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Truck carrying explosives crashes, explodes in Utah

American Government Special Collections Reference Desk

Trucking

Truck carrying explosives crashes, explodes in Utah

Wikinews
August 11, 2005

A truck carrying 35,500 pounds (16,100 kg) of explosives used in mining and seismic exploration overturned and exploded on a rural mountain section of U.S. Highway 6 in Utah's Spanish Fork Canyon Thursday afternoon.

The wreck occurred shortly after 2 pm, as driver Travis Stewart, 30, of Rexburg, Idaho, was leaving Ensign-Bickford Co., a commercial explosives manufacturing plant at the mouth of the canyon. Company officials said the truck was destined for Oklahoma.

Witnesses said Mr. Stewart appeared to lose control of the truck after entering a curve in the road at a high rate of speed. Utah Highway Patrol Lt. Ken Peay said, "speed was a factor" in the wreck of the truck but refused to speculate on how fast the truck was traveling when it wrecked. Lt. Peay said the posted speed limit on the road is 60 mph, but the advised speed is 40.

At least 17 people received minor injuries and the explosion left a 35 foot deep crater in the highway. The driver was transported via helicopter to a hospital, where he was listed in fair condition, and was later released. The co-driver Troy Lysfjord, 37, of Blackfoot, Idaho, was helped from the wreck by passers by and listed in fair condition at Utah Valley Regional Hospital in Provo.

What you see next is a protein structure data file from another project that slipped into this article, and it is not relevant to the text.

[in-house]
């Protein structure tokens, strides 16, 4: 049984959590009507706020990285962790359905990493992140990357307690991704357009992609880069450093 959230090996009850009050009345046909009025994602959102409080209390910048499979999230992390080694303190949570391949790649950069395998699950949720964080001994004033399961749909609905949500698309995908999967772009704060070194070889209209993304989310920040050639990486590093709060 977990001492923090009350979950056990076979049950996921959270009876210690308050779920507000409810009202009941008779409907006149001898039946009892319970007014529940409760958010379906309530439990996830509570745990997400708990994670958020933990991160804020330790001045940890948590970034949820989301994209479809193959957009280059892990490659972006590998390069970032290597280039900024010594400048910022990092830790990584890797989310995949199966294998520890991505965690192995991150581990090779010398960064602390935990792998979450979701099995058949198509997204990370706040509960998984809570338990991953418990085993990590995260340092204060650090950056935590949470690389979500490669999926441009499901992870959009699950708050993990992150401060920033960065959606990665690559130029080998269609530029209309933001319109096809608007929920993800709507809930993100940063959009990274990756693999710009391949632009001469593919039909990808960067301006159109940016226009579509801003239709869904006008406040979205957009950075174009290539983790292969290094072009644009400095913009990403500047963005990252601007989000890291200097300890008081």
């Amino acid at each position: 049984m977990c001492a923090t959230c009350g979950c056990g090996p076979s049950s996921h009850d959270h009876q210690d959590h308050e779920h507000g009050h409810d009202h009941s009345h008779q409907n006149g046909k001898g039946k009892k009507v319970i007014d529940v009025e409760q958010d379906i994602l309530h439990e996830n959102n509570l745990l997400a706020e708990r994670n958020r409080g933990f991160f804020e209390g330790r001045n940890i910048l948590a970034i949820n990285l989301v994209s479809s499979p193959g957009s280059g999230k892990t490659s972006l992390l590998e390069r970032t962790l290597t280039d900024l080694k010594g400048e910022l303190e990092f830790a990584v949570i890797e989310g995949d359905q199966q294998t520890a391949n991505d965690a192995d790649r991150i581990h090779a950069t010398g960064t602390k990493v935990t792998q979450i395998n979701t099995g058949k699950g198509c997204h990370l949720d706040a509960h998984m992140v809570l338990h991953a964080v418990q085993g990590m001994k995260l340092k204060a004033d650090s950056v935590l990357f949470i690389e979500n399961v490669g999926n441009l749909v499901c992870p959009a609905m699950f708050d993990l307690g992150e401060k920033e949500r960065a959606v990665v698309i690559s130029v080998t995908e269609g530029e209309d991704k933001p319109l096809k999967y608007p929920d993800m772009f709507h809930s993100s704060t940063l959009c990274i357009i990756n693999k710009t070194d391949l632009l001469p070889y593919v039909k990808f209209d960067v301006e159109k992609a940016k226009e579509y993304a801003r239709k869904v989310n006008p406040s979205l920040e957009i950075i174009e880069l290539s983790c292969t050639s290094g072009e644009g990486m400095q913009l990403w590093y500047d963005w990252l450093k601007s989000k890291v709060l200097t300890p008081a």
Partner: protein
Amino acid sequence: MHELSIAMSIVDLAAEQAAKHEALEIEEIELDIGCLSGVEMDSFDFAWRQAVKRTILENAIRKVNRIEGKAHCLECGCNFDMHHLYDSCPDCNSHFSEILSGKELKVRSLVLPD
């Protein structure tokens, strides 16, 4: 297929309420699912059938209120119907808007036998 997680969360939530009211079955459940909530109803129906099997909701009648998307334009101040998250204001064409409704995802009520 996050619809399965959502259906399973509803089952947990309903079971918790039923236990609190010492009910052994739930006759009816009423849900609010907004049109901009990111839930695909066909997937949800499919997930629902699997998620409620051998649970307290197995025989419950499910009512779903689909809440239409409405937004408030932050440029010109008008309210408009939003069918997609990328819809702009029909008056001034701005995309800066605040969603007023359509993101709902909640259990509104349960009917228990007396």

The wreck site occurred on a major thoroughfare between Denver and Salt Lake City - about 60 miles south of Salt Lake City - was already under reconstruction by nightfall, as road crews began installing 10 inches of asphalt on the two lane road.

Utah Department of Transportation spokesman Tom Hudachko said officials hoped to have the road fully repaired by Friday afternoon, adding that, "When you take a look at that hole that was there 24 hours ago, I think it's amazing the progress that was made." As of press time, the mouth of the canyon was reopened to traffic, while traffic at the accident site was impassible, and rerouted nearby.

The explosion consumed all but about 60 pounds of explosives, and loosened some boulders on the north side of the highway, damaged railroad tracks and some fiber optic lines buried along the roadway. Amtrak and Union Pacific reported delays resulting from the wreck. Uinta National Forest spokesman Loyal Clark said forest firefighters were unable to respond to several small fires nearby that were apparently started by flying debris, and that helicopters dropped water to extinguish them. High humidity and lack of fuel from a previous fire delayed the fire's spread.

The cost of repairs, while paid immediately by the state, will ultimately be borne by the trucking company's insurance carrier. The truck is registered to R&R Trucking of Duenweg, Missouri.

UHP Lt. Peay said the investigation findings will be turned over to Utah County Attorney Kay Bryson whom would make any final decision about what charges, if any, would be pressed.



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